• By far the most significant edit was an expansion of the Russo-Japanese War. In part, this is because Meammosirsk is still getting love and attention from me, towards its posting on August 13; but another, and a bigger, part of it was actually spelling out its flow, and explicitly stating how important Japanese espionage was in the Easter Revolt.
  • The Miramoline got a bit of cleanup too; initially it was simply tagging her "gender," but when I realized that she didn't actually address gender in any way, I had to explain her significance.
  • Towards the forthcoming post on Mahdism, which has become too long to finish in the time I have today, I amended the Great Realignment to note a very, very important date in Moorish history: 1786.
Looking back on previous weeks, it occurs to me that whenever I mention things that I'm going to be posting about in the next week, it pretty much guarantees that I won't write about them. This is going to change, because most of the things that I've written about now have convenient lead-ins (or at least tie-ins.)
  • The only new stub that I have to announce is about Mahdism. It's going to be up first, because it's relevant to a lot of things later on down the line.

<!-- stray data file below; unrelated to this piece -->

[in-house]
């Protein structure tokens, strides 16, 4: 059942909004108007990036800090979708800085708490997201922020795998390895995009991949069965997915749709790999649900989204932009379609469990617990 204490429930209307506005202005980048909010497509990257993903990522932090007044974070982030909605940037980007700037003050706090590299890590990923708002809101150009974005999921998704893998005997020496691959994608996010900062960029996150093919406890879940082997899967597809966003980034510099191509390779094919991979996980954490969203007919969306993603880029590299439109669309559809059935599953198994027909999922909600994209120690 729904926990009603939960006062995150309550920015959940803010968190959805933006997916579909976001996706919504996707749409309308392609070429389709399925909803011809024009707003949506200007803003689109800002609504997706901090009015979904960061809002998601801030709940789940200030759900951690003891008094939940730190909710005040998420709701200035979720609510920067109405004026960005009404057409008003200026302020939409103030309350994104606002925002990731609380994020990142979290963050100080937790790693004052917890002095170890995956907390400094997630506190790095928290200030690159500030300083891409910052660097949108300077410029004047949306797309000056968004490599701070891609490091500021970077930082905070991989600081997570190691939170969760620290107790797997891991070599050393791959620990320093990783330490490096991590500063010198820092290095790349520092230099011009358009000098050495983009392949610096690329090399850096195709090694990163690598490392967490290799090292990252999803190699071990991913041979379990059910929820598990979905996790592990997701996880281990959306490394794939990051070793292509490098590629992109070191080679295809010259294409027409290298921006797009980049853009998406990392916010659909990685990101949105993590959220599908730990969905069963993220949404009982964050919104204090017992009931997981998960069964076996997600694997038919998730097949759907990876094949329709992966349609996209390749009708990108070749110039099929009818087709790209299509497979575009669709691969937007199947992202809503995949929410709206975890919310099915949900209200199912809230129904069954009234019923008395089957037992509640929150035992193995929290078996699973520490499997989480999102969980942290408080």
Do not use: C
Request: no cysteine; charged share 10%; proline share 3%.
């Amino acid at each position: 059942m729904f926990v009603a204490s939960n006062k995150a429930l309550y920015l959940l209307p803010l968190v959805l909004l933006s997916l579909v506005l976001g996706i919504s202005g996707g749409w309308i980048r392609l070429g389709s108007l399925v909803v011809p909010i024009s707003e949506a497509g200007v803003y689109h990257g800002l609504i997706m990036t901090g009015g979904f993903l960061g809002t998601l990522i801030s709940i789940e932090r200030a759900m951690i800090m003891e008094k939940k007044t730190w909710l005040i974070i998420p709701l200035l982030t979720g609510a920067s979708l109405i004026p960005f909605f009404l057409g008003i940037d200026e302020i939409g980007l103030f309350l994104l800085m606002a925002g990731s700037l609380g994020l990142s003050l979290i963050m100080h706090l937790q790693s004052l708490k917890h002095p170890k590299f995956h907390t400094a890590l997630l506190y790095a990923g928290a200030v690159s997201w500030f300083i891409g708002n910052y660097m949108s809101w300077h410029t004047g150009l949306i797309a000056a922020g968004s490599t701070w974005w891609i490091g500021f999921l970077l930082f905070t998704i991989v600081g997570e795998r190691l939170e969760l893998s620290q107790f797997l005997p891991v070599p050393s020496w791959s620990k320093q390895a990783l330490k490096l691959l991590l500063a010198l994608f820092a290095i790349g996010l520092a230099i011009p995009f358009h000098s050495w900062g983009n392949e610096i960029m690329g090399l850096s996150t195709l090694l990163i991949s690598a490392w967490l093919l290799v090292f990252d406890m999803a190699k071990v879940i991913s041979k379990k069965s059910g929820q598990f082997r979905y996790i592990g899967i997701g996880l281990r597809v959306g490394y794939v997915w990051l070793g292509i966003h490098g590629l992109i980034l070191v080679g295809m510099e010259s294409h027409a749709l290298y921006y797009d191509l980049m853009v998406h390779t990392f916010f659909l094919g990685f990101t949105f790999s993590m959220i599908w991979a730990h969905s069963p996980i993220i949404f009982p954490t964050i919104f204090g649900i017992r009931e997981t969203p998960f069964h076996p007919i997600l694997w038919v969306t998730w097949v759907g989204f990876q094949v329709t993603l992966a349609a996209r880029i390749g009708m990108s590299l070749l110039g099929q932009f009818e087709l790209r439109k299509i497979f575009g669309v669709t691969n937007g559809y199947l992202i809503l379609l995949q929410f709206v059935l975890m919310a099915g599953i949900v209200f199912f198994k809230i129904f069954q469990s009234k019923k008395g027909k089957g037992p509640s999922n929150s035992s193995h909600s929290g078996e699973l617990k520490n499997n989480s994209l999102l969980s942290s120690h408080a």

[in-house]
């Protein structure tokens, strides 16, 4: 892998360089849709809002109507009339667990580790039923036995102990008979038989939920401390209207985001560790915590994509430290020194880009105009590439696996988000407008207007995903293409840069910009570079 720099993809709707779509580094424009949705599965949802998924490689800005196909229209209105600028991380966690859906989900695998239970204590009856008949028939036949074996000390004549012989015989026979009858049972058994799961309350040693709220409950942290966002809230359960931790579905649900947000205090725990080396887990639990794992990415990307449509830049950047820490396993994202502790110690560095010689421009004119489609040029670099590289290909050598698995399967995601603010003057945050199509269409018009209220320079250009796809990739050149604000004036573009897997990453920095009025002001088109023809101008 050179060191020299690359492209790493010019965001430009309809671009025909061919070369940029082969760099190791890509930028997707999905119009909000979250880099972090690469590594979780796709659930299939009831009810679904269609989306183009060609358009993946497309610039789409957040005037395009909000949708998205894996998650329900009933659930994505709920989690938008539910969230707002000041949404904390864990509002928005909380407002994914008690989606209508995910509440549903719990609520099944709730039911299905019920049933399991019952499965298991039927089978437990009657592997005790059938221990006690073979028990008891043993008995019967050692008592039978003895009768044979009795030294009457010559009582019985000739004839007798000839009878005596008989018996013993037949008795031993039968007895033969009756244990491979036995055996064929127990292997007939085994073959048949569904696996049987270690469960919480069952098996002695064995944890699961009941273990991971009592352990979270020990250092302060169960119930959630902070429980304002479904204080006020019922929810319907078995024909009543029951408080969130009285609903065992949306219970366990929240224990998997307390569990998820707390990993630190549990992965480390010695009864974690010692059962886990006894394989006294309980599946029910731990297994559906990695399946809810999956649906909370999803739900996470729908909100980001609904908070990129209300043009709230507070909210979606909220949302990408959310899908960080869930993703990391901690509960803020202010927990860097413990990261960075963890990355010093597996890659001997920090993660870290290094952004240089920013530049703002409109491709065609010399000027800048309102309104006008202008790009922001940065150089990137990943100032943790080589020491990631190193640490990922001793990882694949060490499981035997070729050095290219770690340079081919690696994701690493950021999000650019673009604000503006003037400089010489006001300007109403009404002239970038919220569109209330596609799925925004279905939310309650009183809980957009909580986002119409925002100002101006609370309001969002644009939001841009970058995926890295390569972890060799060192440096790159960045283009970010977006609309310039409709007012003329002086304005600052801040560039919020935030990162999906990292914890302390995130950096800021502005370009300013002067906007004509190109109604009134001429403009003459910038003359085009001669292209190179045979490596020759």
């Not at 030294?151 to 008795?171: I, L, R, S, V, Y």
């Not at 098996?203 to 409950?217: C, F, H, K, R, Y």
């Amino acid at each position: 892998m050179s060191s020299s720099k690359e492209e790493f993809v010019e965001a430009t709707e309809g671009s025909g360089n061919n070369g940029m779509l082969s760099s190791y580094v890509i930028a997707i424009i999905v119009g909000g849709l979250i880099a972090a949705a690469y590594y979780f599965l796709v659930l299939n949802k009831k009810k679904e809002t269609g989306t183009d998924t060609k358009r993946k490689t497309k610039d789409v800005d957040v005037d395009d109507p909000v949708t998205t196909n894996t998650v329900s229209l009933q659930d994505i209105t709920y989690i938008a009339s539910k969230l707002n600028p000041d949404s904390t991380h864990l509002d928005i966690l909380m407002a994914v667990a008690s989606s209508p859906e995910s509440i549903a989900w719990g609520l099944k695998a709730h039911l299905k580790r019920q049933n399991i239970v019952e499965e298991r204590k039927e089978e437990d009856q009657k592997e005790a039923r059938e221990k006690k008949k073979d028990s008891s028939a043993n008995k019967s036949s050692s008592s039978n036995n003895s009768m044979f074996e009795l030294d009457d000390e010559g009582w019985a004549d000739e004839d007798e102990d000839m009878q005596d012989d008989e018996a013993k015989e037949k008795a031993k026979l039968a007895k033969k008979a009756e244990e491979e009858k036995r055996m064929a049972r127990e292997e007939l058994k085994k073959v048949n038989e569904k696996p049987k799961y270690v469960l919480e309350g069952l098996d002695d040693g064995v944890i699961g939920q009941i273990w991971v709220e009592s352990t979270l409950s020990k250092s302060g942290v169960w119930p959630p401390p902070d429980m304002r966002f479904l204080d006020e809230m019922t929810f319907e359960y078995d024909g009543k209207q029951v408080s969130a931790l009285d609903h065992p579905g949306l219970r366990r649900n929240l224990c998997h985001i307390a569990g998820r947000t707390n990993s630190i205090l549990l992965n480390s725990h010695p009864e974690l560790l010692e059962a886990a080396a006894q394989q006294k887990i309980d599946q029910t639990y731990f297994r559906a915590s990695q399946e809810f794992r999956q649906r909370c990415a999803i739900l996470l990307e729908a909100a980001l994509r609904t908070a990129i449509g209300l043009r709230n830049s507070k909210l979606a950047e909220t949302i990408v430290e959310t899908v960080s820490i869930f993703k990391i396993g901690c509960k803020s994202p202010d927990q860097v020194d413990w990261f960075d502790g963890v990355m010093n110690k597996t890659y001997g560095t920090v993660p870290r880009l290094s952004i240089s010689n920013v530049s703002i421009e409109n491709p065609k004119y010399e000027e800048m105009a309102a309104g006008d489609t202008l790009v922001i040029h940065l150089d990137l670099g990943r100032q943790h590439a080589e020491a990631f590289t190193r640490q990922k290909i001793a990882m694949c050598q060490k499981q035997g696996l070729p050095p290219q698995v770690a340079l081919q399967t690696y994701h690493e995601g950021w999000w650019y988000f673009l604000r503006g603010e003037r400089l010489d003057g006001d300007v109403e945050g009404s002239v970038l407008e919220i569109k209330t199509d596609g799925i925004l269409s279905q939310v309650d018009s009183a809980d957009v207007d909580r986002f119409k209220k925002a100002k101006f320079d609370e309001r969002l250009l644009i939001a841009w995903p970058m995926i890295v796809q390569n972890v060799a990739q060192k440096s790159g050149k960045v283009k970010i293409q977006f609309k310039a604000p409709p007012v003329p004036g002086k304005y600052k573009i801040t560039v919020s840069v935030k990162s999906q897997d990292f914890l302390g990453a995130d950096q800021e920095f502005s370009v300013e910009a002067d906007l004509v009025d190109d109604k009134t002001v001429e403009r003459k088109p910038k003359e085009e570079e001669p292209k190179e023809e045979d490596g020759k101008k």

• "An allohistory of vodka" is going to go up at some point after that, now that Poland-Ruthenia has been introduced. Baltic influence on New World beer styles, though, is going to take a lot more time to do, because there are a few Baltic-style republics that need writing about (at the very least, the G.P. of Mexico, G.P. *Brazil, and Hispano-Baltic Texas) - and some spelling out about what Baltic republican thought is and looks like.


My 10 faith-shaping books.

Sarah Bessey (as noted earlier) is a smarter person than I, and when I read that post in which she shared 10 books that changed her faith, I felt... kinda compelled to respond. It just took me a really, really long time to figure out what that list was, especially being distracted by being a demiurge and all. (Confession time: while I was in Niantic last week, I bought some of those books. One of them is overlapping, but one or two others were "Hey, she mentioned that! Want!" splurges.)